The Department of Transportation (DOT) has been committed to advancing the principles of a more open government since Day One of this Administration—by harnessing the skills and talents of the American people, releasing information, establishing greater collaboration among Federal agencies, and improving how efficiently the agency carries out its mission.
The release of version 2.0 of DOT’s open government plan is a great opportunity to look at some of the great work that they’ve done since the last iteration.
Increasing Agency Transparency & Accountability
Information is power, so DOT has released useful information that they hold without sacrificing accuracy, security and privacy. This year DOT released an inventory of high value data in its possession. We know that citizens are interested in the information DOT possesses because there have been more than 40,000 views of DOT data sets on data.gov. DOT has also released Recovery Act data on overall spending, and Recovery Act spending on highway-specific projects, ensuring that taxpayers know that their dollars are spent wisely.
DOT is giving the public greater access to information through the Freedom of Information Act (FOIA). The public now has access to the Department’s staffing and organizational structure, the process for analyzing requests, and an assessment of DOT’s capacity to handle FOIA requests. By the numbers, here’s what DOT’s FOIA program has accomplished in the past year:
- 8% reduction of backlog of initial requests in FY2011;
- 22% reduction of backlog of administrative appeals in FY2011:
- 72-day reduction in the age of DOT’s oldest pending initial request;
- 119-day reduction in the age of DOT’s oldest pending administrative appeal.
Lastly, DOT is taking the lead in implementing a key element of the President’s National Action Plan for Open Government: launching a public safety community on data.gov. The site will provide access to a wide variety of safety data and will help raise the profile of safety as a national health issue. It will inform stakeholders of community safety initiatives through the coordination, consolidation, and clustering of safety datasets. DOT will lead this partnership with the Department of Labor, the National Institute of Justice and the U.S. Coast Guard to ensure integration of the relevant public safety and occupational safety datasets.
Applying Citizen Knowledge to Government Service
Releasing information—while important—is not the whole story of how open government empowers citizens. DOT has been a leader in providing opportunities for public input into the creation of DOT policies and programs. Regulation Room, one of DOT’s flagship initiatives, provides an online environment to discuss and learn about regulations proposed by Federal agencies. It expands the types of public input available to agencies in the rulemaking process, while serving as a teaching and research platform. Over the past year, Regulation Room has had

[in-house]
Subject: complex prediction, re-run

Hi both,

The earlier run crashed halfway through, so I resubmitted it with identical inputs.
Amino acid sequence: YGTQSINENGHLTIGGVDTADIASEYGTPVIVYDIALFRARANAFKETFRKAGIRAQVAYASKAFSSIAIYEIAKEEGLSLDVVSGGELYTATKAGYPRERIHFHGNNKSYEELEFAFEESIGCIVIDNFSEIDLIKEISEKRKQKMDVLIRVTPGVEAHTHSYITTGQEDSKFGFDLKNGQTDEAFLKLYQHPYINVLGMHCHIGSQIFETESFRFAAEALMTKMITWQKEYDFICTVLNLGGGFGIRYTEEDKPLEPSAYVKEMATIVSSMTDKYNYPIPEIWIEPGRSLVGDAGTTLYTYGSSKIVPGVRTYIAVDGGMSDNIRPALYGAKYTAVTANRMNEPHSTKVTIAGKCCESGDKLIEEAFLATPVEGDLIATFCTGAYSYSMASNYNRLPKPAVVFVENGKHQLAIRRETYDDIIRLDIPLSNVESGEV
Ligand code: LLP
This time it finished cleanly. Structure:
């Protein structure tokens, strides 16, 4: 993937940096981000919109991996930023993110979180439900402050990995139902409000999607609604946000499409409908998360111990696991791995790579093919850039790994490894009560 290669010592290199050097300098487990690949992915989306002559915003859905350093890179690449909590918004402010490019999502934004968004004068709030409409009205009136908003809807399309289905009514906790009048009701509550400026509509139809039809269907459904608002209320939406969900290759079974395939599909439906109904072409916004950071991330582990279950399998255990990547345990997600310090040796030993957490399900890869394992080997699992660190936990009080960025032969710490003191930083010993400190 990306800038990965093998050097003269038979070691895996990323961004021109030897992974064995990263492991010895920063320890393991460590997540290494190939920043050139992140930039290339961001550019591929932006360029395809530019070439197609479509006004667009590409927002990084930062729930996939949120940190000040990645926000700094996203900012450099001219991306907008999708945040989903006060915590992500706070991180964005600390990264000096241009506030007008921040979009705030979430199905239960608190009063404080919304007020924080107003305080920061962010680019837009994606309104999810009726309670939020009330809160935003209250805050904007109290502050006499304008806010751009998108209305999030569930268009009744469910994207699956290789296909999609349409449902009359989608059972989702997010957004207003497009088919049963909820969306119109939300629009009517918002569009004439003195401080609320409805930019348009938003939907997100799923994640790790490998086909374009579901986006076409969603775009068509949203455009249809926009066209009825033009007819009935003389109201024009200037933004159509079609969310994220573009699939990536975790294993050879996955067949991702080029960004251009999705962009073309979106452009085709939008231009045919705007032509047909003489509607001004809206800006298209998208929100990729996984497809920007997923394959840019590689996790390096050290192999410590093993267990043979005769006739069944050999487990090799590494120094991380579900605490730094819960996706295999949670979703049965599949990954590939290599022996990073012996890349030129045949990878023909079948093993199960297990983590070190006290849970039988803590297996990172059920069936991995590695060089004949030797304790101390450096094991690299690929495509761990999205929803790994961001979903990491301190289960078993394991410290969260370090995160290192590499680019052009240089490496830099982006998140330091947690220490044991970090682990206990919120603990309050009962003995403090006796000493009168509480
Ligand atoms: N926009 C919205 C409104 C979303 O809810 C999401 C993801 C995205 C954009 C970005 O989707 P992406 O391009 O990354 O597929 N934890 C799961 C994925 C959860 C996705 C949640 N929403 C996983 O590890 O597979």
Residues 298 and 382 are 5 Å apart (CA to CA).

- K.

- Over 24,000 unique visitors to the site;
- Over 1,000 comments from users of the site;
- Over 50% of visitors who said they learned more about the rulemaking process;
- Over 80% of visitors who said they learned more about the positions and arguments of others;
- Over 75% of visitors who said they learned more about what DOT was trying to accomplish with rulemaking on airline passenger rights.
Collaboration and Culture Change
Finally, DOT has started to embed the culture of open government into all aspects of the agency’s work because the agency—from the top down—realizes that a more efficient and effective government that works for all citizens is the result of true collaboration across all levels of the public and private sector. That’s why DOT is collaborating with Federal agencies, the private sector, and other non-government organizations in providing the public with mission-related services such as the Digital Transportation Exchange, Code for Livability, and DOT’s customer service plan.
While the job is not complete, DOT has done an enormous amount of work to change how government interacts with citizens—working to ensure that government works for citizens, and not the other way around. Read DOT’s new plan and comment. They’d love to hear from you!
Chris Vein is Deputy U.S. Chief Technology Officer